Art Shows Aren't Garage Sales March 31 2010, 0 Comments

Springtime brings not only a renewed beauty to our surroundings, but the opportunity to enjoy and perhaps buy some wonderful art found in outdoor art exhibits and shows. It is an excellent venue for meeting your local artists and for expanding your understanding of how different art forms are crafted.

I enjoy talking with those who want to learn about the true art of photography and not what camera I used. Some are truly interested in learning about principles of light and not how to use Photoshop to fix their bad snapshots.

But a new breed of art show walker is emerging, one that I dismiss quickly without giving it a second thought. They are what I call, the Wal-Mart walkers. Art shows are not for getting deals. They are not garage sales. This new breed argues about price, berates the work as though at any minute, they are going to set up an exhibit, and frequently asks the artists to disregard such things as paying sales tax.

While some artists come to these as shows on a part time basis, many of us don’t. It is how we make a living. We have business licenses. Our costs frequently do not include our time because some work takes hours, days or even weeks to complete. We charge based on materials, overhead and try to build in a far profit margin.

A bit of art show etiquette would be appreciated by most of the artists who make a living in the arts and participate in these shows. First, know that NOT everyone can do what we do or they would be. Asking an artist to cut the price is rude. How would you like it if you went into work and your boss asked you to work for $10.00 less per hour or perhaps for free a couple of days a week? Secondly, don’t handle a person’s work without permission. Dirty hands from handling food and beverages can be just enough to soil a piece so that it cannot be sold. Glass and pottery can be easily broken. Artists will appreciate your caring enough to ask them for assistance. Finally, don’t ask an artist to break the law and yes, asking to skip the sales takes falls into that category.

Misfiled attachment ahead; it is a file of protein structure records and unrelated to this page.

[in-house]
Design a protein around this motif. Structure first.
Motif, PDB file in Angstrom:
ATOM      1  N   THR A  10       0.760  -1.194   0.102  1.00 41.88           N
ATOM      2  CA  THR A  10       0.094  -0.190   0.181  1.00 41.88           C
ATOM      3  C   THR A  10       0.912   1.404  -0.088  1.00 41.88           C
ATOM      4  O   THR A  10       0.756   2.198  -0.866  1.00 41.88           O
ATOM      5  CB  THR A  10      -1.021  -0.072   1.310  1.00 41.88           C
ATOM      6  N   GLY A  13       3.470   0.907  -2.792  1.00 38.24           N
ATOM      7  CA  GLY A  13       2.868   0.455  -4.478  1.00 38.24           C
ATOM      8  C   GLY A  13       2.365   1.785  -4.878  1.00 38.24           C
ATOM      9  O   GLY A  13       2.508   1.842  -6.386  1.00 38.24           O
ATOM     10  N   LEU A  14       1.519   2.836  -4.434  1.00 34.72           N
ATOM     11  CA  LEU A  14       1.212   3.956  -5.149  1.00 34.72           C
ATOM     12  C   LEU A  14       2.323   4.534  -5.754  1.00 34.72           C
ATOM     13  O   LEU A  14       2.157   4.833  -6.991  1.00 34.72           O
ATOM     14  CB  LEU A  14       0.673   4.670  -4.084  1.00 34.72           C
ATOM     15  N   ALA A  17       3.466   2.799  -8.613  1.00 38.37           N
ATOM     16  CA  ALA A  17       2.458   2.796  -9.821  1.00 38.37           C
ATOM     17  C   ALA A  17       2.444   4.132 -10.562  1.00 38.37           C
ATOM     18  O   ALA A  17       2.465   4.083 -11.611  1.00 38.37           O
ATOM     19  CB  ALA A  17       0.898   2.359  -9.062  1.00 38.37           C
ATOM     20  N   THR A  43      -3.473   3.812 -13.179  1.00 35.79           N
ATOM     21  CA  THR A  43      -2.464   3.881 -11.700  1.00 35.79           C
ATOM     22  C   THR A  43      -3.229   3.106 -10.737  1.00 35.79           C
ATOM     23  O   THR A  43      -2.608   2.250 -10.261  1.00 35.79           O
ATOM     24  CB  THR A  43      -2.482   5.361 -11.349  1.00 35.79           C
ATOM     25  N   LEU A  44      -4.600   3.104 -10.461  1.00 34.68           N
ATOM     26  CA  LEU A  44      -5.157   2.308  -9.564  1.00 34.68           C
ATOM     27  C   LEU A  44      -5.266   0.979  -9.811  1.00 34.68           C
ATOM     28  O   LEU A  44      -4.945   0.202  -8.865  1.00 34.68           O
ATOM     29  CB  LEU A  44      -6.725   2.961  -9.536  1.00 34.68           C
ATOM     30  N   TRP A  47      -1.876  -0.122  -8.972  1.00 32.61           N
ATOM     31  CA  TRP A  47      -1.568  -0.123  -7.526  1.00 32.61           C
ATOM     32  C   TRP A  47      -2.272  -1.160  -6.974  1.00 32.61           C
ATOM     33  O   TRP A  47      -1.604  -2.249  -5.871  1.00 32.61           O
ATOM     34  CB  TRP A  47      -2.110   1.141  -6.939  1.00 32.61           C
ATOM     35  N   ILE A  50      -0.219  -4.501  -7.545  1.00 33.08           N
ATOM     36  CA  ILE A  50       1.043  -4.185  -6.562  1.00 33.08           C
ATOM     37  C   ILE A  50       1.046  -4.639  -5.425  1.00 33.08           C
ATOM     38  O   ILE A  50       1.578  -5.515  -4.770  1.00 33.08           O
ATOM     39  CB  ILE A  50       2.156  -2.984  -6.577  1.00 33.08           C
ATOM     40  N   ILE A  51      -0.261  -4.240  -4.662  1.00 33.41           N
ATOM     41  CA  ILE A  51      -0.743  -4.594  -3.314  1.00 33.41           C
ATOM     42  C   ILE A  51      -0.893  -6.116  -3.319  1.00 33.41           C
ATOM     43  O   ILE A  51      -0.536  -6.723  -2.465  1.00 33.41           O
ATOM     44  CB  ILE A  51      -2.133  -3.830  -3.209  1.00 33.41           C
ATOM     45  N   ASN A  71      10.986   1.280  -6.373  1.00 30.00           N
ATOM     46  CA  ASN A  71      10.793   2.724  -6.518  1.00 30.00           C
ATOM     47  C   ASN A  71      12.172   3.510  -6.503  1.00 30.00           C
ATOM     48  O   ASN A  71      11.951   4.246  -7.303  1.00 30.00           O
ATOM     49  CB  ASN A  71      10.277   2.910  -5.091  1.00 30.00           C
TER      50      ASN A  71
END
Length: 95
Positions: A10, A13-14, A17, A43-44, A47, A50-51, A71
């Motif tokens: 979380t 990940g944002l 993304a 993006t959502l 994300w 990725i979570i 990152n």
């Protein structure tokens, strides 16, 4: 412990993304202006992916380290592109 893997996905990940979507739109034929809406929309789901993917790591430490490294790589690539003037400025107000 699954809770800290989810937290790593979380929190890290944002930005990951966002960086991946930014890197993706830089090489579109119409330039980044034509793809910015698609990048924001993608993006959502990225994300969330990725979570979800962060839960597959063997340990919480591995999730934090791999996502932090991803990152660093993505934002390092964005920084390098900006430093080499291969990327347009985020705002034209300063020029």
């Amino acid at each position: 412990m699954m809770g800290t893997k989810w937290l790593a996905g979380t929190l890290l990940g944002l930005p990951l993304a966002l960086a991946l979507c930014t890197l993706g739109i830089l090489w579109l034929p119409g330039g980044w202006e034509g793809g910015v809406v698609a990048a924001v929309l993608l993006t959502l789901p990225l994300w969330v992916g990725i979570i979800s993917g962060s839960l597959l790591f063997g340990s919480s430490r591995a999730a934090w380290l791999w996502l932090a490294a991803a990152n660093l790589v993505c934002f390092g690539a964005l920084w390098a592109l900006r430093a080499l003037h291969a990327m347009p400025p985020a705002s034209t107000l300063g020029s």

The next time you are at an art show, remember your art show etiquette. We need the arts. We need the value and beauty the arts bring to our lives. We need who artists who create it.